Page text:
What you need to know
- An antitrust investigation against Google in the U.S. might lead to a lawsuit in the fall.
- The investigation started out as a probe into Google's online advertising business but later delved into its Search and Android operations.
- A Google spokeswoman confirms the companies continued cooperation with law enforcement, but could not comment on potential results.
Google may be facing a lawsuit from the United States Department of Justice later this fall as the body wraps up its antitrust investigation. The story comes after a nearly yearlong probe which ran from last June. It started as an investigation into the company's online advertising practices and eventually expanded its scope into its Google Search and Android businesses as well. An investigation from Indian authorities in 2019 also revolved around the same subject matter.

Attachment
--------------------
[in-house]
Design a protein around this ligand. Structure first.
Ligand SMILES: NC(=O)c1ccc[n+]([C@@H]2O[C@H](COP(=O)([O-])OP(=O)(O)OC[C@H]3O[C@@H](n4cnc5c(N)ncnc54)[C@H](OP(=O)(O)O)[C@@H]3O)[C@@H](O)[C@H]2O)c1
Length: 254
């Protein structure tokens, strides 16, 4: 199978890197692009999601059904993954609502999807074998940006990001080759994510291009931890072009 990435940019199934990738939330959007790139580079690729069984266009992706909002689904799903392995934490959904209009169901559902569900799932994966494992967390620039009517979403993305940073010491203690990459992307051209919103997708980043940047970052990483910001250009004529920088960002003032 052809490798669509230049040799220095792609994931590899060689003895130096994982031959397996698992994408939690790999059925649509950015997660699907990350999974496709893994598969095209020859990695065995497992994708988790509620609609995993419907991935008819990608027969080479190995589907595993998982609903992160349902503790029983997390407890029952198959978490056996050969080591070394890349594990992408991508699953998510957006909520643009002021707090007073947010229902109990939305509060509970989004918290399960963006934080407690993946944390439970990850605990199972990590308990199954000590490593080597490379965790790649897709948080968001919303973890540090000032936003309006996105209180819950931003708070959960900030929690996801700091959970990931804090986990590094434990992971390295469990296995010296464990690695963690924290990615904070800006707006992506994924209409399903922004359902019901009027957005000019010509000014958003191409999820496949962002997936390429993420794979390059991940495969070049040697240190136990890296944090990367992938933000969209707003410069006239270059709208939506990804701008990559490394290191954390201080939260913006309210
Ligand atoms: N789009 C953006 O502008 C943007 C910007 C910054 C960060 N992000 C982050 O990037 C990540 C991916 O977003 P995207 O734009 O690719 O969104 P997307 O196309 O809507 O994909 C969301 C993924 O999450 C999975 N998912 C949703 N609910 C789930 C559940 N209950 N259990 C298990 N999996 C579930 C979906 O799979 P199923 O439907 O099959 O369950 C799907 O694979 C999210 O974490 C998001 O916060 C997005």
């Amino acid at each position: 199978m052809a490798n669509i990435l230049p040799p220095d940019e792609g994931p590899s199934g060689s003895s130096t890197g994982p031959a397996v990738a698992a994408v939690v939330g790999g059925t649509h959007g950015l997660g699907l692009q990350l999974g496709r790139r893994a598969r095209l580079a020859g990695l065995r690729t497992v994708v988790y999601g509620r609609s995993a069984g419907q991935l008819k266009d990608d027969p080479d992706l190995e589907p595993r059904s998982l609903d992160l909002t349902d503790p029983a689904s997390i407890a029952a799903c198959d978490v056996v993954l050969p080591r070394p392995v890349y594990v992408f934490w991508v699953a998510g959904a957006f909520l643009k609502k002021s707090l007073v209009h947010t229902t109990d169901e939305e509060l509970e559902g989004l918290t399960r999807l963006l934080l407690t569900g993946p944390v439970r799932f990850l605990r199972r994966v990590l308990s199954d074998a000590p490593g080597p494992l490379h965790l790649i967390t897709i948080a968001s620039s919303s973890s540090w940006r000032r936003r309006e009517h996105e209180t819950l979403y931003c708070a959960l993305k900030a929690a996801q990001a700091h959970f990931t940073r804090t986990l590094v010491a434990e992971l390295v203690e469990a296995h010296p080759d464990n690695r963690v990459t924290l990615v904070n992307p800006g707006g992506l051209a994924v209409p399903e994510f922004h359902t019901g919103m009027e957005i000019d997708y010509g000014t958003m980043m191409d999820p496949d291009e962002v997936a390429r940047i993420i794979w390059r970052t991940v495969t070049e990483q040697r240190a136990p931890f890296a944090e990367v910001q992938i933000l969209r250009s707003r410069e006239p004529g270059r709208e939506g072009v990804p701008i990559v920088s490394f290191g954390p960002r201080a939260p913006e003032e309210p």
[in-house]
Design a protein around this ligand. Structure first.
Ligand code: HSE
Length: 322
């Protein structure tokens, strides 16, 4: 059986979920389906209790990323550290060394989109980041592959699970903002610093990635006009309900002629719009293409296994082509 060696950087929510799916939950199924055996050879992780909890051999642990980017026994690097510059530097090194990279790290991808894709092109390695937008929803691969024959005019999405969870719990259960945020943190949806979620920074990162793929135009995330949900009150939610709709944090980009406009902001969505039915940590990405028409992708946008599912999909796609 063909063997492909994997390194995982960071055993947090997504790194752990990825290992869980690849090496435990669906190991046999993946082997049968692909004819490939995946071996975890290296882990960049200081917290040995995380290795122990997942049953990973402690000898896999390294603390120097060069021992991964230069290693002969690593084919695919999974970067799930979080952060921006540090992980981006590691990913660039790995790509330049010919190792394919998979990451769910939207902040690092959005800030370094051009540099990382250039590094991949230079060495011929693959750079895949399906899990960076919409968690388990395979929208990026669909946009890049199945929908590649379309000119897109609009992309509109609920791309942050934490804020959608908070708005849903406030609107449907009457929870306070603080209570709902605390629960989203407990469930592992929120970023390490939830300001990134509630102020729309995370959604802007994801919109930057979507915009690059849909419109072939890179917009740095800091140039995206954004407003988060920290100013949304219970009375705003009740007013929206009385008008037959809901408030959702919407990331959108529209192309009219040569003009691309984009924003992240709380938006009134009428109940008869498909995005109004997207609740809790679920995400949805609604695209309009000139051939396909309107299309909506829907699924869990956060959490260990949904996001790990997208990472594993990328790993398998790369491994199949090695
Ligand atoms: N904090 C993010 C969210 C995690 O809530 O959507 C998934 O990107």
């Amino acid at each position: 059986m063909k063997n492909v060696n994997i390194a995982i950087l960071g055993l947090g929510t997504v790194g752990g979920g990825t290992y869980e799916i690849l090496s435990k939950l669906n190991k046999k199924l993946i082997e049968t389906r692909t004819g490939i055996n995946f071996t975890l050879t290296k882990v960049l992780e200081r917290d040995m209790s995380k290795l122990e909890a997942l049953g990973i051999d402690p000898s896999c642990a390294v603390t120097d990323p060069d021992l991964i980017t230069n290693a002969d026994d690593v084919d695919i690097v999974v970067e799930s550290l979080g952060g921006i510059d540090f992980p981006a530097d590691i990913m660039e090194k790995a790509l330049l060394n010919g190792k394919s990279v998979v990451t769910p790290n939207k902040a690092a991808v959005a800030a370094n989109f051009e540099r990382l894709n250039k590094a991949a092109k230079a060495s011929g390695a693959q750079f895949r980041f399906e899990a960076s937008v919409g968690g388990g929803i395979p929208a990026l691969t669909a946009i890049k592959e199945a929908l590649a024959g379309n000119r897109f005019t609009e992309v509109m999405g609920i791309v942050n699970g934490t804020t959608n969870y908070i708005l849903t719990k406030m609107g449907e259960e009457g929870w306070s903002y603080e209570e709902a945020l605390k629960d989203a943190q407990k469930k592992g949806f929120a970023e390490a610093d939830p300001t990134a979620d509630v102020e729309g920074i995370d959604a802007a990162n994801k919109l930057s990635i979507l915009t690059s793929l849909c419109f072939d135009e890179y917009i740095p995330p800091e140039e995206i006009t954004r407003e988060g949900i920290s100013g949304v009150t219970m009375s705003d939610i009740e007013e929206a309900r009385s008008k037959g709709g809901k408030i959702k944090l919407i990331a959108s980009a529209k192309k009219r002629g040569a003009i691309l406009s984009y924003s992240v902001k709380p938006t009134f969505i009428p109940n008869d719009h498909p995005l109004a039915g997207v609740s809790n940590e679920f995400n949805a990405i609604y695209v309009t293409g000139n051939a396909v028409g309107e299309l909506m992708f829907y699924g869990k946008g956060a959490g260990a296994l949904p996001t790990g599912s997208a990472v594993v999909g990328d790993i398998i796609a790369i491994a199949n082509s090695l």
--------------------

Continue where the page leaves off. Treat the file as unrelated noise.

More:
The Wall Street Journal reported:
At least some state attorneys general—led by Texas Attorney General Ken Paxton, a Republican—are likely to file a case, probably in the fall, people familiar with the matter said.
Much of the states' investigation has focused on Google's online advertising business. The company owns the dominant tool at every link in the complex chain between online publishers and advertisers. The Justice Department likewise is making Google's ad technology one of its points of emphasis. But it is also focusing more broadly on concerns that Google uses its dominant search business to stifle competition, people familiar with the matter said.
In response to the story, a Google spokeswoman gave the following statement to the Journal:
We continue to engage with the ongoing investigations led by the Department of Justice and Attorney General Paxton, and we don't have any updates or comments on speculation. Our focus is firmly on providing services that help consumers, support thousands of businesses and enable increased choice and competition.
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